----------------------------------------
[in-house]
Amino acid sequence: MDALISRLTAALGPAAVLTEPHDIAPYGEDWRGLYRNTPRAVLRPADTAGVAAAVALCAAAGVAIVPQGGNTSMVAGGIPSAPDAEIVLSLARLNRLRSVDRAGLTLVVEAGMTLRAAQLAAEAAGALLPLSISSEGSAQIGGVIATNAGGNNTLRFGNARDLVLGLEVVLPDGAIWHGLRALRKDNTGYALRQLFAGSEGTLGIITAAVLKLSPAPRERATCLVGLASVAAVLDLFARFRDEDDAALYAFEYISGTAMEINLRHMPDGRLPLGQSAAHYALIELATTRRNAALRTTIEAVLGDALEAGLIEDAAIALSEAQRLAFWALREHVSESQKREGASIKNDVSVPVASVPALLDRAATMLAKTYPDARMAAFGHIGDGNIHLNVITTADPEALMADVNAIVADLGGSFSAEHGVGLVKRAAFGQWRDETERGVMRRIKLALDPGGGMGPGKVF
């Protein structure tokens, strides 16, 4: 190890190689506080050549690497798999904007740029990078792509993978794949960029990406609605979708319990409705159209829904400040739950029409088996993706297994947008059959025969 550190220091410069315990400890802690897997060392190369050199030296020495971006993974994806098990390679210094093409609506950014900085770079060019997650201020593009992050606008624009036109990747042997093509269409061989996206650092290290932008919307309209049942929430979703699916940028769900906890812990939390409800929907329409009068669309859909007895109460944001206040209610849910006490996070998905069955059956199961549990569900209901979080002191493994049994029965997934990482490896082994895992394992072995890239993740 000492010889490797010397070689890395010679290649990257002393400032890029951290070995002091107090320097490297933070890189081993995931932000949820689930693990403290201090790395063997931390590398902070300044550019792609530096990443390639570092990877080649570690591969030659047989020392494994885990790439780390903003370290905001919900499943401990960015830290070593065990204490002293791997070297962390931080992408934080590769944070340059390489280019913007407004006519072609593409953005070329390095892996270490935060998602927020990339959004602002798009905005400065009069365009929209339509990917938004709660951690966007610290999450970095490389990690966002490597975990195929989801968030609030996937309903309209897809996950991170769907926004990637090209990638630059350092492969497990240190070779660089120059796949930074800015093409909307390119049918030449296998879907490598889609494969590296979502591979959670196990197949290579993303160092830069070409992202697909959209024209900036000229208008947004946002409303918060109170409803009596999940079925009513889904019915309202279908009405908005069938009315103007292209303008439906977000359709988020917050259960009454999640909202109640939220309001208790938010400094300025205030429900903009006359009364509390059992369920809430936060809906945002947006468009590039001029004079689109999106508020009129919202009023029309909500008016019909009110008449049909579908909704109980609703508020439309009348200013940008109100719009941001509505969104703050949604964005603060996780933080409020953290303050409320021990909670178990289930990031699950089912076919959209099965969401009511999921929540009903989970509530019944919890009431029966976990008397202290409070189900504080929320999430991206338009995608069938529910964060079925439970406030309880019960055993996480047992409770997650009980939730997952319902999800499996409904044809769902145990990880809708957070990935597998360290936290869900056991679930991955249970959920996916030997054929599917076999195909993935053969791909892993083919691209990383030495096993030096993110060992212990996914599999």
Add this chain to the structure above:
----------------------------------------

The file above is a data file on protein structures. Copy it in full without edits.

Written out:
[in-house]
Amino acid sequence: MDALISRLTAALGPAAVLTEPHDIAPYGEDWRGLYRNTPRAVLRPADTAGVAAAVALCAAAGVAIVPQGGNTSMVAGGIPSAPDAEIVLSLARLNRLRSVDRAGLTLVVEAGMTLRAAQLAAEAAGALLPLSISSEGSAQIGGVIATNAGGNNTLRFGNARDLVLGLEVVLPDGAIWHGLRALRKDNTGYALRQLFAGSEGTLGIITAAVLKLSPAPRERATCLVGLASVAAVLDLFARFRDEDDAALYAFEYISGTAMEINLRHMPDGRLPLGQSAAHYALIELATTRRNAALRTTIEAVLGDALEAGLIEDAAIALSEAQRLAFWALREHVSESQKREGASIKNDVSVPVASVPALLDRAATMLAKTYPDARMAAFGHIGDGNIHLNVITTADPEALMADVNAIVADLGGSFSAEHGVGLVKRAAFGQWRDETERGVMRRIKLALDPGGGMGPGKVF
């Protein structure tokens, strides 16, 4: 190890190689506080050549690497798999904007740029990078792509993978794949960029990406609605979708319990409705159209829904400040739950029409088996993706297994947008059959025969 550190220091410069315990400890802690897997060392190369050199030296020495971006993974994806098990390679210094093409609506950014900085770079060019997650201020593009992050606008624009036109990747042997093509269409061989996206650092290290932008919307309209049942929430979703699916940028769900906890812990939390409800929907329409009068669309859909007895109460944001206040209610849910006490996070998905069955059956199961549990569900209901979080002191493994049994029965997934990482490896082994895992394992072995890239993740 000492010889490797010397070689890395010679290649990257002393400032890029951290070995002091107090320097490297933070890189081993995931932000949820689930693990403290201090790395063997931390590398902070300044550019792609530096990443390639570092990877080649570690591969030659047989020392494994885990790439780390903003370290905001919900499943401990960015830290070593065990204490002293791997070297962390931080992408934080590769944070340059390489280019913007407004006519072609593409953005070329390095892996270490935060998602927020990339959004602002798009905005400065009069365009929209339509990917938004709660951690966007610290999450970095490389990690966002490597975990195929989801968030609030996937309903309209897809996950991170769907926004990637090209990638630059350092492969497990240190070779660089120059796949930074800015093409909307390119049918030449296998879907490598889609494969590296979502591979959670196990197949290579993303160092830069070409992202697909959209024209900036000229208008947004946002409303918060109170409803009596999940079925009513889904019915309202279908009405908005069938009315103007292209303008439906977000359709988020917050259960009454999640909202109640939220309001208790938010400094300025205030429900903009006359009364509390059992369920809430936060809906945002947006468009590039001029004079689109999106508020009129919202009023029309909500008016019909009110008449049909579908909704109980609703508020439309009348200013940008109100719009941001509505969104703050949604964005603060996780933080409020953290303050409320021990909670178990289930990031699950089912076919959209099965969401009511999921929540009903989970509530019944919890009431029966976990008397202290409070189900504080929320999430991206338009995608069938529910964060079925439970406030309880019960055993996480047992409770997650009980939730997952319902999800499996409904044809769902145990990880809708957070990935597998360290936290869900056991679930991955249970959920996916030997054929599917076999195909993935053969791909892993083919691209990383030495096993030096993110060992212990996914599999």
Add this chain to the structure above: